MEPS 302:207-217 (2005)  -  doi:10.3354/meps302207

Environmental factors influencing larval walleye pollock Theragra chalcogramma feeding in Alaskan waters

Steven M. Porter1,*, Lorenzo Ciannelli2, Nicola Hillgruber3, Kevin M. Bailey1, Kung-Sik Chan4, Michael F. Canino1, Lew J. Haldorson3

1NOAA, Alaska Fisheries Science Center, 7600 Sand Point Way NE, Seattle, Washington 98115, USA
2Centre for Ecological and Evolutionary Synthesis, University of Oslo, Department of Biology, PO Box 1050, 0316 Oslo, Norway
3University of Alaska Fairbanks, Juneau Center, School of Fisheries and Ocean Sciences, 11120 Glacier Highway, Juneau, Alaska 99801, USA
4Department of Statistics and Actuarial Sciences, University of Iowa, Iowa City, Iowa 52242, USA

ABSTRACT: This study examines potential interactions among the environmental variables likely to affect larval walleye pollock Theragra chalcogramma feeding in the sea. Walleye pollock larvae were sampled from Shelikof Strait, Gulf of Alaska, and from the eastern Bering Sea, with corresponding environmental data. Variables used in our study were time spent feeding, seawater temperature, light, prey density, wind speed and standard length of the larvae. We applied an additivity test to detect the presence of potential interactions among these variables and adopted an expansion of generalized additive models (GAMs) that allowed the inclusion of interaction terms in a non-parametric regression analysis. After testing all possible 2-way interactions among these variables, we found 4 significant terms: (1) time feeding–standard length, (2) temperature–light, (3) light–wind speed and (4) prey density–standard length. The most influential interaction term was the light–wind speed interaction, which caused a decrease of the model-generalized cross-validation (GCV, whereby lower values indicate more parsimonious models) from 0.0402 (for a model with all variables but no interaction term) to 0.0290 (for a model with all variables and this interaction), and an increase of the model explained variance by 7% (R2 = 0.89 versus 0.82). This result indicates that the effect of wind speed (turbulence) on larval walleye pollock feeding is dependent upon the amount of light available. This may be due to vertical movements in the water column by both walleye pollock larvae and their prey in response to turbulence.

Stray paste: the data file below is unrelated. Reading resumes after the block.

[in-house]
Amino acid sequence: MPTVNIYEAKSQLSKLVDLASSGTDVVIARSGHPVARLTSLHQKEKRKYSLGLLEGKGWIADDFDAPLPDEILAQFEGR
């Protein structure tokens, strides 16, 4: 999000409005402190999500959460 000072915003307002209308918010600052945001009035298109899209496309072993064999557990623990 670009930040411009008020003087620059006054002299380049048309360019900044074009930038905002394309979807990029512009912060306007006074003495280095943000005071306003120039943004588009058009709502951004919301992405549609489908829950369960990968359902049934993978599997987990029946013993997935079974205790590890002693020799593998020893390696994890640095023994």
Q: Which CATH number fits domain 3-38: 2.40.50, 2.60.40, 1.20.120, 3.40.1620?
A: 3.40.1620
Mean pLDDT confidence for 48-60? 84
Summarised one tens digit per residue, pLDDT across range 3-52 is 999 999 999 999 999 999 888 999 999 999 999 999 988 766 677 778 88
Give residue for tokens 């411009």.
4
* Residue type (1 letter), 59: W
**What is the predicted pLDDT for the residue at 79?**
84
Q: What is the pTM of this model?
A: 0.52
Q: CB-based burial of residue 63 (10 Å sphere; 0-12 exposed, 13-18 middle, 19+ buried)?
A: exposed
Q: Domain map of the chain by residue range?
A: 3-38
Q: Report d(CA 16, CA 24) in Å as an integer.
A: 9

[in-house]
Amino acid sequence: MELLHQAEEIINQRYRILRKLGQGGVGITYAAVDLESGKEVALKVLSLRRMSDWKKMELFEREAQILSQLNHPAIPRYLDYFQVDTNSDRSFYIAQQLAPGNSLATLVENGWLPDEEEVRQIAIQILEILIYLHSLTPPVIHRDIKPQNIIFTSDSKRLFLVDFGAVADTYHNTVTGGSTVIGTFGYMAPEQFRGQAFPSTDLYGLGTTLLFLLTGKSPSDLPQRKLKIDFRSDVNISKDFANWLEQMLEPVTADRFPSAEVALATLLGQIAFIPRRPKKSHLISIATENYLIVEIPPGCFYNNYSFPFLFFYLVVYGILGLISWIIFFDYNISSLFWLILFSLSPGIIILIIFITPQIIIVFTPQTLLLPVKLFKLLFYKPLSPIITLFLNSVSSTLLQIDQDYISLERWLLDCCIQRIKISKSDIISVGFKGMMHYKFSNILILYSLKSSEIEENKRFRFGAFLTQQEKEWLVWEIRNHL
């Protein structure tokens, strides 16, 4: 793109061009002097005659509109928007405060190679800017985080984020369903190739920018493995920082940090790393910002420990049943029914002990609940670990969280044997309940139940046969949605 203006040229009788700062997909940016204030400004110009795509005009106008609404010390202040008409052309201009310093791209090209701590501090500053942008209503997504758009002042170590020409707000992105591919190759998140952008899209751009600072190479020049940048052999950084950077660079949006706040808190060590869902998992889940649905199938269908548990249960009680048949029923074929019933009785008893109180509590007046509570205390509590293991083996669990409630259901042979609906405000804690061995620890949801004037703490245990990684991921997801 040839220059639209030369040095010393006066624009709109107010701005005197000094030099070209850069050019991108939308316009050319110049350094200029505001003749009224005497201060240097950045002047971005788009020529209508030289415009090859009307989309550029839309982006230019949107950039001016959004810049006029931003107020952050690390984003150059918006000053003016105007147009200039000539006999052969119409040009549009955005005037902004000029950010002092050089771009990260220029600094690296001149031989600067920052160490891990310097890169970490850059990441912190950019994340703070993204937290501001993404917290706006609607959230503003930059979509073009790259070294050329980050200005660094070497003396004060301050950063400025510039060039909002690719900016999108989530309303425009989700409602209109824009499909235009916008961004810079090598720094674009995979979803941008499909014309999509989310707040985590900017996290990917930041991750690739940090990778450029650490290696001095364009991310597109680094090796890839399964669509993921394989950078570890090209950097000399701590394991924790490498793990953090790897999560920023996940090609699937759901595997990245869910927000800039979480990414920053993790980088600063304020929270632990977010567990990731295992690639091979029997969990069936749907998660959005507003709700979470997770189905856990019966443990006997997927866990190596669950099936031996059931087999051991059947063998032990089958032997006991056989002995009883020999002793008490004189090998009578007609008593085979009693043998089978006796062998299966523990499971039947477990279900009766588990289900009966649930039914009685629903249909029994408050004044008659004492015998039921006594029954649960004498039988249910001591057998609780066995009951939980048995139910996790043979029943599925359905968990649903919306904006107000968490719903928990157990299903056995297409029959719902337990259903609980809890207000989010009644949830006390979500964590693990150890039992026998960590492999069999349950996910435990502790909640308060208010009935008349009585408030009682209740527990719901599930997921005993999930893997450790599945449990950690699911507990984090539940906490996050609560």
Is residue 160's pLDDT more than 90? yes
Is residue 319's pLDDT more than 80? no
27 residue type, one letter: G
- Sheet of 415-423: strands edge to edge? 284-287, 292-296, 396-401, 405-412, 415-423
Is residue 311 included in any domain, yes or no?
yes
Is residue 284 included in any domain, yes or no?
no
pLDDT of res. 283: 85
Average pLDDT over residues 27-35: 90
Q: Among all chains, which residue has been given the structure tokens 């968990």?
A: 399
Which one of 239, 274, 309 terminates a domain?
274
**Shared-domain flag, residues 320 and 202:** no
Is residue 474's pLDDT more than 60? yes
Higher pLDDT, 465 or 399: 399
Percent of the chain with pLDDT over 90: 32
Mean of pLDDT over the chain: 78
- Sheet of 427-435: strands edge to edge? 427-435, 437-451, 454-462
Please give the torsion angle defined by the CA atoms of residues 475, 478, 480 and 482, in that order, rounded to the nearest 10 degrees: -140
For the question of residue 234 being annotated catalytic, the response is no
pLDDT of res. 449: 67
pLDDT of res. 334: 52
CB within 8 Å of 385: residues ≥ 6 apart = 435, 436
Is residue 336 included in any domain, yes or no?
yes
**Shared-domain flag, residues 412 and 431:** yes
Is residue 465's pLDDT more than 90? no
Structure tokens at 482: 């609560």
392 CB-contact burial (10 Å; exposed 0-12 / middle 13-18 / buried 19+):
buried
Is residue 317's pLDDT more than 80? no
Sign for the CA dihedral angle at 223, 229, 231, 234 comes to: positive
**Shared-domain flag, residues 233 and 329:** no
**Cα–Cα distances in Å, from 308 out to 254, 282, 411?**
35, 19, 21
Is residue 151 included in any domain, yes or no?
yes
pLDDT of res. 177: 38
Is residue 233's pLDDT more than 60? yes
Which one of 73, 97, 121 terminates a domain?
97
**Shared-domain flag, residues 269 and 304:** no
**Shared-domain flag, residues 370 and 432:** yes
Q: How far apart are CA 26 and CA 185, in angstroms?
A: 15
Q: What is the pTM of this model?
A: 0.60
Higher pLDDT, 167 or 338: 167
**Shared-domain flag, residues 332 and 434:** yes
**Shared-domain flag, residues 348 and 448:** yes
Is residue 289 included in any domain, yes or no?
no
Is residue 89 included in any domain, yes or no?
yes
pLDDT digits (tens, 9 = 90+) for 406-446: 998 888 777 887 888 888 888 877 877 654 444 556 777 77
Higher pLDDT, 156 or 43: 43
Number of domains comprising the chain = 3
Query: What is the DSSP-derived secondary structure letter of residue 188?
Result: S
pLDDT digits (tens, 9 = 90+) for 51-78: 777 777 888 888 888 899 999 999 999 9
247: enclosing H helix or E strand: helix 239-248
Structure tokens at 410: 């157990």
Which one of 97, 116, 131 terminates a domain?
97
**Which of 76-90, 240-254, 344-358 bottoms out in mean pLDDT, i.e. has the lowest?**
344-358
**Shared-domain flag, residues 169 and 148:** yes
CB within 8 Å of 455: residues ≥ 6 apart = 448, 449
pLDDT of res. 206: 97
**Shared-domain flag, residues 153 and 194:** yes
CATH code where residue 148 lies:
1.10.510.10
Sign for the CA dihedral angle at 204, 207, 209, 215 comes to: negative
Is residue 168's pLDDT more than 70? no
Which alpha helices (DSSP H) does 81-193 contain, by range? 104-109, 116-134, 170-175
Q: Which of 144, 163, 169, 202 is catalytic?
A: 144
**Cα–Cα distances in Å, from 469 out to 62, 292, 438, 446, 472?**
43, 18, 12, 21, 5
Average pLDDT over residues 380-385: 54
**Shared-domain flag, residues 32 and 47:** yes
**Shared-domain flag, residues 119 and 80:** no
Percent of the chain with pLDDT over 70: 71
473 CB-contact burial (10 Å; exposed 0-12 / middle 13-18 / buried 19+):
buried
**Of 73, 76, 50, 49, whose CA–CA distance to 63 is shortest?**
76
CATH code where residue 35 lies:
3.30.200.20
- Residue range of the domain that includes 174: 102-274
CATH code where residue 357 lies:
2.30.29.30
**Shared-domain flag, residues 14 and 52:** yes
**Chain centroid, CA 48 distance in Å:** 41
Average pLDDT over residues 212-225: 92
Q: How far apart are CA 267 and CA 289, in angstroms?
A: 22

KEY WORDS: Larval fish feeding · Walleye pollock larvae · Generalized additive models


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